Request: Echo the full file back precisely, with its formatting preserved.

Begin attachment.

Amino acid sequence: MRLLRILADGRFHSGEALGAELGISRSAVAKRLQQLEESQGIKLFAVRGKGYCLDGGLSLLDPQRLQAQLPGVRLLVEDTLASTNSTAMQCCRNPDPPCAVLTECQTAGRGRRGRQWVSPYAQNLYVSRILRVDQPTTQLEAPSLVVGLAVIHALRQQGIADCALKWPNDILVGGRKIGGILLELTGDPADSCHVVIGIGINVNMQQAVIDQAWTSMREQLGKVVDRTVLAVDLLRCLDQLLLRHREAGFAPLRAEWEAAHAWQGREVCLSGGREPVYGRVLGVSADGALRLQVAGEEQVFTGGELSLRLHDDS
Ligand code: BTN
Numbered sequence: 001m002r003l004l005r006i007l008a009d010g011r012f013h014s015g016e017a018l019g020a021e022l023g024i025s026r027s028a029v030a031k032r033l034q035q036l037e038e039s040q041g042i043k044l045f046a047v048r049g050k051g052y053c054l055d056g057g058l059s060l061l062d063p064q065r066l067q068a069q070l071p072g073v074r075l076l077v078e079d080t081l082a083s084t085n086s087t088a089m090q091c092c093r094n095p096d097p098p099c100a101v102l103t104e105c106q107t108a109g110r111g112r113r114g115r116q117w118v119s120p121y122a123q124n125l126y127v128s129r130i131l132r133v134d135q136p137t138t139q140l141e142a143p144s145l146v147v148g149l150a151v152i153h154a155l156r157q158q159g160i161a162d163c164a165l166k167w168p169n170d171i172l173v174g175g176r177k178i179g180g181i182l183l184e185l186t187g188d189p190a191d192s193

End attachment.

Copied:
Amino acid sequence: MRLLRILADGRFHSGEALGAELGISRSAVAKRLQQLEESQGIKLFAVRGKGYCLDGGLSLLDPQRLQAQLPGVRLLVEDTLASTNSTAMQCCRNPDPPCAVLTECQTAGRGRRGRQWVSPYAQNLYVSRILRVDQPTTQLEAPSLVVGLAVIHALRQQGIADCALKWPNDILVGGRKIGGILLELTGDPADSCHVVIGIGINVNMQQAVIDQAWTSMREQLGKVVDRTVLAVDLLRCLDQLLLRHREAGFAPLRAEWEAAHAWQGREVCLSGGREPVYGRVLGVSADGALRLQVAGEEQVFTGGELSLRLHDDS
Ligand code: BTN
Numbered sequence: 001m002r003l004l005r006i007l008a009d010g011r012f013h014s015g016e017a018l019g020a021e022l023g024i025s026r027s028a029v030a031k032r033l034q035q036l037e038e039s040q041g042i043k044l045f046a047v048r049g050k051g052y053c054l055d056g057g058l059s060l061l062d063p064q065r066l067q068a069q070l071p072g073v074r075l076l077v078e079d080t081l082a083s084t085n086s087t088a089m090q091c092c093r094n095p096d097p098p099c100a101v102l103t104e105c106q107t108a109g110r111g112r113r114g115r116q117w118v119s120p121y122a123q124n125l126y127v128s129r130i131l132r133v134d135q136p137t138t139q140l141e142a143p144s145l146v147v148g149l150a151v152i153h154a155l156r157q158q159g160i161a162d163c164a165l166k167w168p169n170d171i172l173v174g175g176r177k178i179g180g181i182l183l184e185l186t187g188d189p190a191d192s193